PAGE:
Sheena-kay Graham said...

Well you have to choose to keep going and finish or leave it unfinished if an ending just won't come. Don't let an 'unfinishable' story eat away your energy. If it aint working, move on.

Briane P said...

2,500 words? I thought he said 2,500,000. I was trying to out-Proust Proust.

The best stories never end. That's what I've decided.

Briane P said...

I thought of this only after going back and rereading your post.

Believe in yourself. You're an awesome writer. Sometimes the reworking and re-editing is simply not believing that you're DONE. I've enjoyed everything you've ever written. Do you re-edit your blog posts? Probably not. And they're great.

You might want to set deadlines for every story: Say "As of March 1, I will NEVER work on this story again, not so much as to add a semicolon." If on March 1, you don't feel it's publishable, give up and move on.

Have a commitment device to back that up -- like taking all of your copies of the story and emailing them to yourself on that day, using Futureme.org to delay the email for a year.

Briane P said...

I thought of this only after going back and rereading your post.

Believe in yourself. You're an awesome writer. Sometimes the reworking and re-editing is simply not believing that you're DONE. I've enjoyed everything you've ever written. Do you re-edit your blog posts? Probably not. And they're great.

You might want to set deadlines for every story: Say "As of March 1, I will NEVER work on this story again, not so much as to add a semicolon." If on March 1, you don't feel it's publishable, give up and move on.

Have a commitment device to back that up -- like taking all of your copies of the story and emailing them to yourself on that day, using Futureme.org to delay the email for a year.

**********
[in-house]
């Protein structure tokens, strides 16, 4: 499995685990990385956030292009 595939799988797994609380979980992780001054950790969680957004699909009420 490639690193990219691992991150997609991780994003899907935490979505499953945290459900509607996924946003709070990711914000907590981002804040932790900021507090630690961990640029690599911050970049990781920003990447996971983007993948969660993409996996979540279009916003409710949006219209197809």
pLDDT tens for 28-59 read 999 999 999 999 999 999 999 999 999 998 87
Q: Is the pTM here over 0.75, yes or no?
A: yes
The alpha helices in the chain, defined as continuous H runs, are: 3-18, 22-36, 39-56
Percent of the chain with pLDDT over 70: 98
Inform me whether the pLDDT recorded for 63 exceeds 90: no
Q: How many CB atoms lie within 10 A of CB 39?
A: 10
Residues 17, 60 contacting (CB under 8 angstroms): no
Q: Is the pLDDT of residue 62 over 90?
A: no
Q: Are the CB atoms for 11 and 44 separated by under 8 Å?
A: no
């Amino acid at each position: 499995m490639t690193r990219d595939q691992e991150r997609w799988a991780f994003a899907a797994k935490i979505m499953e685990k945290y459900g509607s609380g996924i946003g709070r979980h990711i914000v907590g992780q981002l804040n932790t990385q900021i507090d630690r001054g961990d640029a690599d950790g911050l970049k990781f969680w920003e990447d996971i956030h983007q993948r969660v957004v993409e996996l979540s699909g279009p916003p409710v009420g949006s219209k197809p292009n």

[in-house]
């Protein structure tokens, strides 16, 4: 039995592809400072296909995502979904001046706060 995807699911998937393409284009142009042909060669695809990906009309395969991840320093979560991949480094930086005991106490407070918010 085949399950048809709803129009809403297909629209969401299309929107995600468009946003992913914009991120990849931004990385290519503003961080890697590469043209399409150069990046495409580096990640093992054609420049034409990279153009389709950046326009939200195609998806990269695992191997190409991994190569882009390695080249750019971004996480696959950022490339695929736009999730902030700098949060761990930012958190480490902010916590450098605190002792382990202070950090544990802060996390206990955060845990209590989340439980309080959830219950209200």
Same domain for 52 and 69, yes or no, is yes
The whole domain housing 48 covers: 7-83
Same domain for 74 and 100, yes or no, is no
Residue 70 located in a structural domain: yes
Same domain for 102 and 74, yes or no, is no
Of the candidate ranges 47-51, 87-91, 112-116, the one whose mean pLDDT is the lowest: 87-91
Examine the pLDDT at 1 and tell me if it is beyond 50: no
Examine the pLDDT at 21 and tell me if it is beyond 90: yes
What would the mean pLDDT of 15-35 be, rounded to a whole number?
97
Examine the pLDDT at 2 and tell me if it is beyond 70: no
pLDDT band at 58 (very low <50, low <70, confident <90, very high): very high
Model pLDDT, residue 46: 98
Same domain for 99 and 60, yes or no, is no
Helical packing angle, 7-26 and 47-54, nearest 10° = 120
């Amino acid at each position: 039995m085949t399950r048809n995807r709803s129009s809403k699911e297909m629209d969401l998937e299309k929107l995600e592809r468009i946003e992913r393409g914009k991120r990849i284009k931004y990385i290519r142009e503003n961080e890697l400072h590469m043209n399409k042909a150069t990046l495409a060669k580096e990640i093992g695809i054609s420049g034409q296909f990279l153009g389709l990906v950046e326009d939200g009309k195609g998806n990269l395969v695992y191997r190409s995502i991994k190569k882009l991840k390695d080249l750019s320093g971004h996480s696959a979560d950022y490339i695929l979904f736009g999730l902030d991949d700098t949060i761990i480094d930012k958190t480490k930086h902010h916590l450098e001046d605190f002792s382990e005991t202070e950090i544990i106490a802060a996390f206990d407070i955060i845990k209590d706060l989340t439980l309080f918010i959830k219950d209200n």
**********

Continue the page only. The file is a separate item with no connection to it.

Michael Offutt, Speculative Fiction Author said...

I didn't make the deadline for Andrew's story contest. I wanted to write something, but I've been house hunting and working with a real estate agent and spending evenings combing through a real estate application on my iPad. I just don't have the time right now.

And I love your writing. Stop feeling insecure, friend.

C. Lee McKenzie said...

I totally understand how once you've invested so much time to crank out 2500 words, you must go on with it.


Andrew Leon said...

I can't wait to see it!
And, well, that's part of what the whole editing bit is for, to keep you on track with finishing and not just tinkering. Right?

Nancy LaRonda Johnson said...

I can truly see the "never quite finished" problem happening for me if I ever wrote a short story longer than a flash fiction piece, which is why I love flash fiction. Otherwise, they would keep growing into at least a novella.

You can do it, however! Just think of what ending you'd like to have for this story that could grow into a book. After the contest, you can continue it until it's truly complete. At that point, don't think of it as a short story, but part of a novel. I hope this works for you.

Cindy said...

I'm sure you will finish it soon. You just have to be stubborn and push yourself.

stu said...

I find it helps to remember that a short story is just one version of a story. You're not aiming for the perfect, definitive telling of it, but rather one that is right for the moment.

Nigel Mitchell said...

Hope it's done by the time you read this. And know it will be worth the effort

Shell Flower said...

I admire you for working so hard on the same story. For me, it's the opposite problem. I tend to try to finish quickly, submit, and then think of the perfect thing when it's too late. At least you have patience. Good luck.

Donna Hole said...

Get to work Rusty! good luck with the deadline.

I find I can't seem to writer past 3000 words; finished with the story or not.

.......dhole

Deborah Walker said...

Interesting. I don't have this problem. I've always had a strong feeling as to when a story is baked. That's to say it's as good as I can get it.

Are you giving yourself enough time. I'm kinda but slow. A 2.5K story would take me about 12 hours.That's actual writing time, not dillying around time. Sometimes longer. I'm sure there are writers who are slower, but there are writers who are much quicker.

So, I guess I'm saying it doesn't matter how long it takes. As long as it gets finished.